While there are hidden money contests around the country, your chances of stumbling across a cache of cash are pretty slim. So, where can you find “hidden” money when you need extra for household expenses, a special purchase or an extended vacation? There are a lot of ways to create cash reserves that don’t require a shovel and hard, physical labor.
Collecting Scrap and Selling It
One option is to collect scrap aluminum cans. Some states require a deposit on the cans, which you can redeem. In other areas, you only need 32 cans to make one pound, and purchase rates run from 45 cans per pound and higher.
Look around the house and neighborhood for other scrap metal. Do you have a metal playground swing set that your children have outgrown? Sell it to the local salvage yard, along with any copper pipes you might have left from a recent remodel.
For a more adventurous take on scrap recycling, invest in a metal detector and start searching for missing treasures. Practice at home with loose change in and under the furniture and then head out for the park, the beach or another venue to search for lost jewelry or other missing possessions.
Cashing in on Old Clunkers
Companies like junkcars.com can turn that gas-guzzling, oil-dripping derelict car into quick cash. Often, it only takes a quick phone call to make the arrangements, and you’ll have the money in a very short time.
Finding Lost Money
One estimate says that more than $33 billion is tied up in unclaimed assets such as payroll checks, certificates of deposit, stocks and bonds, or items stashed in safe-deposit boxes. Sites like Missing Money can get your search started.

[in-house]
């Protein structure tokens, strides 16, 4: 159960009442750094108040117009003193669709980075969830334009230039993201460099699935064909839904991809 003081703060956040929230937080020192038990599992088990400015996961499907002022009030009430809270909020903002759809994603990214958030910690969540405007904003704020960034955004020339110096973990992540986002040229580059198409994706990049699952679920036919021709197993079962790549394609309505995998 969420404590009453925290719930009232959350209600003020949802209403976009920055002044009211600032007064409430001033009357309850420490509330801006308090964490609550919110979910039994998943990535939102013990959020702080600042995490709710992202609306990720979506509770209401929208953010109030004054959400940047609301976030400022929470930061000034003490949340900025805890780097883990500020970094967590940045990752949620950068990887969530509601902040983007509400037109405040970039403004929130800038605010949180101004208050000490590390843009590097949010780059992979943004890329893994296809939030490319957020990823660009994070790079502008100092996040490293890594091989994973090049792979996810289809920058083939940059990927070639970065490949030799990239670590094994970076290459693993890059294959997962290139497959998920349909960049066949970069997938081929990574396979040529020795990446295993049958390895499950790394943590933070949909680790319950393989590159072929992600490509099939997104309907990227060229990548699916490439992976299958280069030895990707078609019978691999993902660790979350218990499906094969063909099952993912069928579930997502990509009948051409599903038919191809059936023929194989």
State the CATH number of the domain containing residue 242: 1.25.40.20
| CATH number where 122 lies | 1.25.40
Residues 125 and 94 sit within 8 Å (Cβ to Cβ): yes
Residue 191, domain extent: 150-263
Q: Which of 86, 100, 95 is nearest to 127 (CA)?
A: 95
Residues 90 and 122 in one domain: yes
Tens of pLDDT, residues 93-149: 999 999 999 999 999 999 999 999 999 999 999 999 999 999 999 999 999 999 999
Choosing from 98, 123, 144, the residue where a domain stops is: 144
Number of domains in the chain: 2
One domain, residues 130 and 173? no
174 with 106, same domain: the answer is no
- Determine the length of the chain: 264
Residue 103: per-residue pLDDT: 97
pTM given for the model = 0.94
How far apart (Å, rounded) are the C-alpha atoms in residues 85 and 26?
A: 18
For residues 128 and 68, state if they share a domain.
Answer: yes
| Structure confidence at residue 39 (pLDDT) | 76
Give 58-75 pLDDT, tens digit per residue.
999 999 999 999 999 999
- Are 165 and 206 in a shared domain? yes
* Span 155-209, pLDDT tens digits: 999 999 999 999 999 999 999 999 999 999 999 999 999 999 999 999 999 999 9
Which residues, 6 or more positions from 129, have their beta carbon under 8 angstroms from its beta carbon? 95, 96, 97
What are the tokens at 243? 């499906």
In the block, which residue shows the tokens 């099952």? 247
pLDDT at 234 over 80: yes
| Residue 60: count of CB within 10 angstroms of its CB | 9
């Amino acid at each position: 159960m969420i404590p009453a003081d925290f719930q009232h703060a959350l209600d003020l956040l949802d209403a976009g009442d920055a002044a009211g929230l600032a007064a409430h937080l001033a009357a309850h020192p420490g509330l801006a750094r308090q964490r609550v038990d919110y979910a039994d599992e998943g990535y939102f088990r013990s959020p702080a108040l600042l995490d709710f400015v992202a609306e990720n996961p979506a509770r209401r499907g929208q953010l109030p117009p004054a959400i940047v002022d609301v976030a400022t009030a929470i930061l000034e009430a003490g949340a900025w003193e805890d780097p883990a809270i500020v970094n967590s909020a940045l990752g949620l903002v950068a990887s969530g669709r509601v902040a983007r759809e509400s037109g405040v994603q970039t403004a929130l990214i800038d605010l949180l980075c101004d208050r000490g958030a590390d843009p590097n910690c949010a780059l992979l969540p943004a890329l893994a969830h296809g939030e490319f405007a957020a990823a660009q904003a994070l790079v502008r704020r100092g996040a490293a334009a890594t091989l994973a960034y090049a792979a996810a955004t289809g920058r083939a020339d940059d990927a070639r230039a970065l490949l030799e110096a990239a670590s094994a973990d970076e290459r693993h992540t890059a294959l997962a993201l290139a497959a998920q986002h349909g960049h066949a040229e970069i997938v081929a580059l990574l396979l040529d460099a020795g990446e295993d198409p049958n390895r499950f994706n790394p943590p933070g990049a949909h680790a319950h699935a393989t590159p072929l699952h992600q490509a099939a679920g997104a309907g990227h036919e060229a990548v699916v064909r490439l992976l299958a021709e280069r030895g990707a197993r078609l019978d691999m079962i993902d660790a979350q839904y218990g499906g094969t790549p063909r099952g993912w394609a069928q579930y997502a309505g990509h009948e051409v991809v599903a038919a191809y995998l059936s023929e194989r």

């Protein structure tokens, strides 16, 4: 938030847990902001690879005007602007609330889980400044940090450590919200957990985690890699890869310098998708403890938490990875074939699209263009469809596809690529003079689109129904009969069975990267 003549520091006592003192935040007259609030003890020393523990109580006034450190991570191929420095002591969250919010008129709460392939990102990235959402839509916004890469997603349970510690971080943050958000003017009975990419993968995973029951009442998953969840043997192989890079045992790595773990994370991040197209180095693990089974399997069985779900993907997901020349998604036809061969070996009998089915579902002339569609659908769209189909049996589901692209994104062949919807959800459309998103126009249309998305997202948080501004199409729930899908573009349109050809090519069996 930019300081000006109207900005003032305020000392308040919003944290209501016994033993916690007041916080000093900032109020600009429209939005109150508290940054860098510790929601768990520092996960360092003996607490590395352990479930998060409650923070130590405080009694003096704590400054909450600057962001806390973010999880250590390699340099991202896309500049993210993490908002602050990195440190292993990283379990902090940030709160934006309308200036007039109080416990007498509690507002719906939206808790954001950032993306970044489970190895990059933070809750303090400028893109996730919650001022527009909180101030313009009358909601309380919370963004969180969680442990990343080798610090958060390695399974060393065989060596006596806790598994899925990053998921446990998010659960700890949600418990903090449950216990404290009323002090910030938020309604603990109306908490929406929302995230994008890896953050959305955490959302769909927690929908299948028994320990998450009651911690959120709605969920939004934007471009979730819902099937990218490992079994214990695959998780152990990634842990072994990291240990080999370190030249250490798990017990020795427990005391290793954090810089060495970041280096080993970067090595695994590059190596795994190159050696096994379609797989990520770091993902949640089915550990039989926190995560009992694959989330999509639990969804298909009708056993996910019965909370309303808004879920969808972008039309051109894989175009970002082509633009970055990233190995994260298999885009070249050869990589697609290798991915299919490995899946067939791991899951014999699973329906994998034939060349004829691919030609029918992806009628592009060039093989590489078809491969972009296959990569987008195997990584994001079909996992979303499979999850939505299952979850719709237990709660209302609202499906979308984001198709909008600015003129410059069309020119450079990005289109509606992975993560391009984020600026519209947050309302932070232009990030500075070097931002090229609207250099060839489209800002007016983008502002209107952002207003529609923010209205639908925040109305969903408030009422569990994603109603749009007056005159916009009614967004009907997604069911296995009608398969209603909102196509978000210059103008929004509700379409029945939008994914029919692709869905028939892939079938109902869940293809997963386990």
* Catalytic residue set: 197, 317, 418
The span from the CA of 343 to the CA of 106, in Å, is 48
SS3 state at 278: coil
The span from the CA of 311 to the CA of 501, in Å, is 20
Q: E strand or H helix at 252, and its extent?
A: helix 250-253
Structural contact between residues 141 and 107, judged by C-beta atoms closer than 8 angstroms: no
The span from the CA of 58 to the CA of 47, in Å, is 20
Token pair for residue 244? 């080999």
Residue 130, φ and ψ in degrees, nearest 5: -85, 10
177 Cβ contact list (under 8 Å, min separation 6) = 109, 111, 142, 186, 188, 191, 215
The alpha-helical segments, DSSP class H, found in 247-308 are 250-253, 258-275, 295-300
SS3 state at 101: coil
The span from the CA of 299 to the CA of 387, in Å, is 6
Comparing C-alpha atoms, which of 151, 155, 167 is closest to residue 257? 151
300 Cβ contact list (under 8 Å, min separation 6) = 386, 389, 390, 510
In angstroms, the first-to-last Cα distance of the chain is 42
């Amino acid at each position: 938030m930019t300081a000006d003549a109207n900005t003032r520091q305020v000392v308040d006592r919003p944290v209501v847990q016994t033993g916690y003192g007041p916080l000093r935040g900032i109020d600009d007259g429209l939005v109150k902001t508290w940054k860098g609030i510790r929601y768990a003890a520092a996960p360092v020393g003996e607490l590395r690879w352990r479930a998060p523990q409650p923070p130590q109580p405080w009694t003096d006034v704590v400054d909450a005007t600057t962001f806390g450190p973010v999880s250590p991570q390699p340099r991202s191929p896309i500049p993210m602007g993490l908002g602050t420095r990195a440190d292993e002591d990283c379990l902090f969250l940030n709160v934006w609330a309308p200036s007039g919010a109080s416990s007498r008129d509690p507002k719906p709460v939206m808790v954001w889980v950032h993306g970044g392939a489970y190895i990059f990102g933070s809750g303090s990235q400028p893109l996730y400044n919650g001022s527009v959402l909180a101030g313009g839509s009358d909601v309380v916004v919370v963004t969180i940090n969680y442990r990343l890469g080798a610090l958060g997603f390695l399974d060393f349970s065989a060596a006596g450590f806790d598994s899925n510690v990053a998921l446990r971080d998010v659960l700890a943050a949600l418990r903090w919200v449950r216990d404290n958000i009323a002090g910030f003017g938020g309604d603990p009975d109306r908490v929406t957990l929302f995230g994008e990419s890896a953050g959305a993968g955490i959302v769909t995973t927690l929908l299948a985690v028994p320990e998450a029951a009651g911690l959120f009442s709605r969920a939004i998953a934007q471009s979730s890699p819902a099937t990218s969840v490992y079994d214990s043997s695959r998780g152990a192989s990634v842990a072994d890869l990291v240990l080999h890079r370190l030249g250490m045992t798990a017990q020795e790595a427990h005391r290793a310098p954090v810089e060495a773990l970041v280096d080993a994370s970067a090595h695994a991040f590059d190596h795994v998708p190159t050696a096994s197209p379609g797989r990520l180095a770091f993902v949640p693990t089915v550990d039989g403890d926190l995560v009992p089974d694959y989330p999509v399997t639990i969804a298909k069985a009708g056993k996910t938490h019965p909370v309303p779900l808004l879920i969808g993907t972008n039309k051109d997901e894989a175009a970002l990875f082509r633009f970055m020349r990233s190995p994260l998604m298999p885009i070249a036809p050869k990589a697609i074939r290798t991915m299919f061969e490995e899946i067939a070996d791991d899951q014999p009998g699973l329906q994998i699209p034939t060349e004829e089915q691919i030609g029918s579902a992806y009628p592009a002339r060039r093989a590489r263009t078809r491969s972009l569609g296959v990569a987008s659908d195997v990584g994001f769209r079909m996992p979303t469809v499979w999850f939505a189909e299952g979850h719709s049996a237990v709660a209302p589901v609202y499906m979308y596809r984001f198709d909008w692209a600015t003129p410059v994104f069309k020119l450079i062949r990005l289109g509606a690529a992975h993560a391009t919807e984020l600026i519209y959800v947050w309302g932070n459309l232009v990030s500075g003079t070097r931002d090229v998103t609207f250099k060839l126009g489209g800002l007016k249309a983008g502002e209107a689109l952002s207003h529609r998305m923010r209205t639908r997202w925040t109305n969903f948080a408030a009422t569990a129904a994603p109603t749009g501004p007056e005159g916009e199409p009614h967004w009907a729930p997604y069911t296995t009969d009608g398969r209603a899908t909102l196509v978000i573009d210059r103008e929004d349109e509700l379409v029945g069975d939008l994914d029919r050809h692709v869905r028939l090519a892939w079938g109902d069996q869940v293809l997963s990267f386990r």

If you had an account in a failed bank or if you had a savings or checking account that you never closed, you might be entitled to money there, as well. Money from failed banks goes to the Federal Deposit Insurance Corporation (FDIC), and their website provides information about how to claim your missing bucks. For forgotten savings bonds, have yourself a treasure hunt at the Department of the Treasury’s website at http://www.treasurydirect.gov/indiv/tools/tools_treasuryhunt.htm.
Also, don’t forget about rental or utility deposits and prepayments. If you've moved, be sure to check with the power, water, telephone, gas and cable companies to find out if you are due a refund.
Contact your bank, credit card companies and service providers to negotiate lowered or eliminated monthly fees. Many will waive the extra costs to retain you as a valued customer, especially if you have a history of prompt payment.
Unusual Ways to Raise Dough
Do you have antique or unusual framed photographs, prints, posters or mirrors? Contact local interior design companies, as these items are in high demand. Exchange your plasma for ready cash, or rent your extra parking space or the guest bedroom. If your hair is at least 10 inches long and has not been colored, you might be able to sell it for use in making wigs. Other options include returning purchases for which you still have the sales receipts, participating in medical research studies or baby-sitting or pet-sitting.